Cultivating Curiosity.

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I’ve been thinking of the saying “when the student is ready, the teacher will appear” lately. I recently read a book that I added to my Goodreads “To read” list nearly nine years ago! Apparently, I wasn’t ready to learn its lessons until now. The book is called Curious?: Discover the Missing Ingredient to a Fulfilling Life. It’s written by Todd Kashdan, a psychologist who argues that (as the subtitle suggests) it’s not “happiness” that we should seek, but rather focus on cultivating our curiosity and inviting novelty into our lives, in order to find fulfillment.

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A couple years ago, I wrote this post about my discovery that curiosity and embracing the fact that we don’t know what’s going to happen in life actually makes life more fun and interesting. I’ve recently been digging deeper into the idea of novelty. I realized the other day: there are many activities that I never consider doing. My life is fairly routine and I find myself struggling to even do familiar activities in a time or place that deviate from my routine. One night I thought, “I’ll write a blog post after the kids go to bed.” But, then it felt too odd, because I typically read in bed or watch TV with Dennis once the kids are asleep. Why couldn’t I decide to write instead?!

This insight from Curious? really hit home for me:

It is easy to stick with structure and order because routines make us feel safe and secure in an uncertain world. But, we can open our eyes to the fact that novelty and enticing things that can grab our attention are everywhere. We can change our habits, change the way we act, and change the way we see the world anytime, anyplace. Appreciate and search for more than what you already know, already assume, and already expect to happen. I am talking about a mindset of expecting there to be things you don’t know and realizing that this does not mean you are vulnerable or unintelligent because you can’t predict what is going to happen. Rather, it means there are opportunities for learning, discovering, and growing.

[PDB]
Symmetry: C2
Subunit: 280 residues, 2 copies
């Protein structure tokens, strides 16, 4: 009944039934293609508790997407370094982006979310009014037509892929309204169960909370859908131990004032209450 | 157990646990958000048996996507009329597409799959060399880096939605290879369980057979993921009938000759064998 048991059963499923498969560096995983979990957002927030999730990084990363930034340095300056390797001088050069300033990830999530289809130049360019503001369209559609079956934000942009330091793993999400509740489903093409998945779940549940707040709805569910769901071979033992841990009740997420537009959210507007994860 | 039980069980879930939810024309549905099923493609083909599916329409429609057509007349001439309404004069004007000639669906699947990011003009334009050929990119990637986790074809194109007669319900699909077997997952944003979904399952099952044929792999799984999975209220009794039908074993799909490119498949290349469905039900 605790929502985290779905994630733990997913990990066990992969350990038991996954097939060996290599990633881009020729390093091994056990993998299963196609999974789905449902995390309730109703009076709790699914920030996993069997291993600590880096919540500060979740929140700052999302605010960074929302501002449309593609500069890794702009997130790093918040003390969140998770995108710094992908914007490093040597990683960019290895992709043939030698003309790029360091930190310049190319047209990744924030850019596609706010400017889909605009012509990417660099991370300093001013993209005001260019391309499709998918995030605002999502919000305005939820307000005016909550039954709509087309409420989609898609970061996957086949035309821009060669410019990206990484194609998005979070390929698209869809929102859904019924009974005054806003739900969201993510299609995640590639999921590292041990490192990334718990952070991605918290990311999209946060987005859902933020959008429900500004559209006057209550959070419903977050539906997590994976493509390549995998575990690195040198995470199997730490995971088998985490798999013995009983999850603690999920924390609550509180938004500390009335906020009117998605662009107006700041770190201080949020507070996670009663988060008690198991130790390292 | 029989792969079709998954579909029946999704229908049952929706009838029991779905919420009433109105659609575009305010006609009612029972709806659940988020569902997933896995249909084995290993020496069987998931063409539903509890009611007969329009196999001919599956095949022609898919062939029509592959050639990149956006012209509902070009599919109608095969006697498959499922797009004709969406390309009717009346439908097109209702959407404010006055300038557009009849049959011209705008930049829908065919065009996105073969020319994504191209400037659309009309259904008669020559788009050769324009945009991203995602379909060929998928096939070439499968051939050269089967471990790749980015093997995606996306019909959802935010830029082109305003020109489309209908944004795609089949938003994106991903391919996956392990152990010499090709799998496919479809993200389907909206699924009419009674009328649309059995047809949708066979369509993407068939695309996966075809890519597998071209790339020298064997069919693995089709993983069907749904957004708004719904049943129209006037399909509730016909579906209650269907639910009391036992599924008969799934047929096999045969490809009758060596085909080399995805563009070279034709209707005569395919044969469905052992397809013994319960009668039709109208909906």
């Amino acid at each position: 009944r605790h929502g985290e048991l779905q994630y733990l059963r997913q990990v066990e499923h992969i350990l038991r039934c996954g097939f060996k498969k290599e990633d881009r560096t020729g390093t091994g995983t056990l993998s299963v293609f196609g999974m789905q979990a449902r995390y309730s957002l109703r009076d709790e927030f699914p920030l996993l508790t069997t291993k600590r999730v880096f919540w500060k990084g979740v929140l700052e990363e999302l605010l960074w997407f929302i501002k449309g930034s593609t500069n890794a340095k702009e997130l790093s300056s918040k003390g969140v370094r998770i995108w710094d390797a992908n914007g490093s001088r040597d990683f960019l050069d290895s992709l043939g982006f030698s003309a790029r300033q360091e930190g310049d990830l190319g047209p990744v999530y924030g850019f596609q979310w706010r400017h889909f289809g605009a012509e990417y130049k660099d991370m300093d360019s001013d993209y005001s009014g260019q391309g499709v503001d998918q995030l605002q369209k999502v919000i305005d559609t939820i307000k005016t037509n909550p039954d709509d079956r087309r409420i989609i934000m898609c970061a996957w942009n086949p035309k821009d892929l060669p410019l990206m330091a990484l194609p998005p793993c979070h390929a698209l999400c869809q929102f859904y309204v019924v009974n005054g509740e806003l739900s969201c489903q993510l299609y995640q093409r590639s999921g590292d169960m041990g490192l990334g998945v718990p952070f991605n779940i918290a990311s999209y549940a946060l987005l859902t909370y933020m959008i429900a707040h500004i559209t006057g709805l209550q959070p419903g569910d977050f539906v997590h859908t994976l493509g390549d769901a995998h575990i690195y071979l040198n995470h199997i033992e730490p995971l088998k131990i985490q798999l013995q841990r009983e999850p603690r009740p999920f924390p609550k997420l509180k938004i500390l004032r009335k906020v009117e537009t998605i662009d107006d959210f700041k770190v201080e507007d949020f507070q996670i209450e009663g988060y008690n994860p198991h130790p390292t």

I have found this to be so true! Spontaneity is fun and exciting for this exact reason. When an idea suddenly occurs to me (or to one of my family members) and we decide to act on it – go to the pool, go for a hike, go out for dinner, etc. – there’s a surge of energy and good feeling as we embrace the moment. It can be something smaller too. Like, when one of my kids is frustrated or upset and I say or do something silly that cheers them up.  Being spontaneous in our responses requires that space between catalyst and response, where we can choose our reaction.  This means, we have to be present. Thinking “outside the box” and not just falling into the same patterns and reactions takes real intention.

When I learned about ACT (Acceptance and Commitment Therapy), I loved how curiosity wove throughout the mindfulness practices. In ACT, the goal is to let go of unhelpful thoughts so you can experience the moment with openness and curiosity. When we accept what is, instead of trying to force thoughts and feelings to be under our control, we are able to be curious about this moment and what will happen next.

I’m in a book club at my office. We recently read Emotional Agility: Get Unstuck, Embrace Change, and Thrive in Work and Life by Susan David, PhD. Turns out, Dr. David’s book is based on the principles of ACT – what fun! It was really cool to see ACT broken down and presented in this very accessible way. She also describes the benefits of having a curious mindset: “When we decide to curiously explore the world inside us and outside, we can make other decisions more flexibly. We can intentionally breathe space into our reactions and make choices based on what matters to us and what we hope to be.”